Choice is not the Problem

We must work to provide customers with the necessary information and context to guide them toward their goals.

December 12, 2012  ·   Design Thoughts

Yesterday I stumbled upon a great article by Joelle Steiniger entitled “‘More’ is a four letter word.” In the post, she details an all-too-common scenario in which she is looking for a simple item in a supermarket, in this case cheese, and is met with an overwhelming amount of options. The situation is overwhelming to all but the most decisive cheese connoisseurs.

The amount of options is labelled the culprit. Uncertainty and second guessing about the choice has led the customer to make compromises and trade-offs that ultimately lead to walking away unsatisfied. A conclusion is then drawn that “The more options we have, the less satisfied we are with what we ultimately pick.”

This is a familiar mindset in the design community — reduce choices to increase customer satisfaction. But it just doesn’t sit well me.

That conclusion got me thinking deeper about choice overload. Choice is not the problem. Actually, the cheese metaphor seems illustrative of two completely different problems:

  1. Lack of intent
  2. Lack of information

In the example, the consumer had no needs or wants in mind when approaching the cheese; she was simply browsing. Had she come to the counter with the intent on finding a sandwich cheese, she would have gotten the Gouda and been done with it.

A clear goal goes a long way in simplifying the choice. By having a goal in mind, the customer effectively eliminates many options from the choice and can build confidence in their remaining options. If a customer is looking for a cheese to spread on crackers, they aren’t going to consider Swiss. The power to reduce the options is left in the customer’s hands.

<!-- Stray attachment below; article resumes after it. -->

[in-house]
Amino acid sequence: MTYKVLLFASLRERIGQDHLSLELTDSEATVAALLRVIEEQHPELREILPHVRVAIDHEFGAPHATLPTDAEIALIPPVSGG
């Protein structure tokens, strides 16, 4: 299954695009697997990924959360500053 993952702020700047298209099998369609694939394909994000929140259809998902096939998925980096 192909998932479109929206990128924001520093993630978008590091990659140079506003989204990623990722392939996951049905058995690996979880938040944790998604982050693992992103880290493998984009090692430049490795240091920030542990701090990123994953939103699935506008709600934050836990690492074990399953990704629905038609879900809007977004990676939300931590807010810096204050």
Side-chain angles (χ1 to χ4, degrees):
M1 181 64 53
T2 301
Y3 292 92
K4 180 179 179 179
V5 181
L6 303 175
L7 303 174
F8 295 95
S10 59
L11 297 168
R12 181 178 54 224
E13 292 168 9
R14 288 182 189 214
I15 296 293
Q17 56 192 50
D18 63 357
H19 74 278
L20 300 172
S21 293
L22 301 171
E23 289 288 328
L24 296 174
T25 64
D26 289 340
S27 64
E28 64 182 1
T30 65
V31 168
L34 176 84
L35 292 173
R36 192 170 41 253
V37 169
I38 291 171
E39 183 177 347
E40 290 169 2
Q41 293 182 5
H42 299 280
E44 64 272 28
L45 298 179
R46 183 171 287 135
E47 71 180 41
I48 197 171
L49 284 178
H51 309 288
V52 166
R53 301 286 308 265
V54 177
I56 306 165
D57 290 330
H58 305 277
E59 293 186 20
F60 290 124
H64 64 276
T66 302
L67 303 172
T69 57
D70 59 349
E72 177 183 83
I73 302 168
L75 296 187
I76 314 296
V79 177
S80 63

Further, there was a lack of information surrounding the choice of cheese. Information is required to not only differentiate the options, but it also enables the customer to rationalize and feel confident in their choice. Some supermarkets have actually begun doing this. Meijer for example has brief descriptions of its fruit above each container. You’re making a pie? “Rome Apples — Good for baking.” Boom. Decision made.

Educating the consumer about their options, rather than limiting them, serves multiple purposes. Aside from guiding them toward a choice in this instance, it also makes future choices more efficient. The customer is left feeling empowered and more confident.

The reason options are offered is because nothing offered can fully match a customer’s needs. It's inevitable that as a business grows its offerings must also grow. The reduction of choice would reduce the business’s audience and would not increase customer satisfaction. In fact, this leads to an even harder compromise. The customer either accepts whatever is offered (“ugh, this is all they had”) or seeks alternatives elsewhere (“maybe this other store has something better”).

As experience designers, providing the consumer with options is not the problem. We must work to provide customers with the necessary information and context to guide them toward their goals. Empower your customers, do not limit them.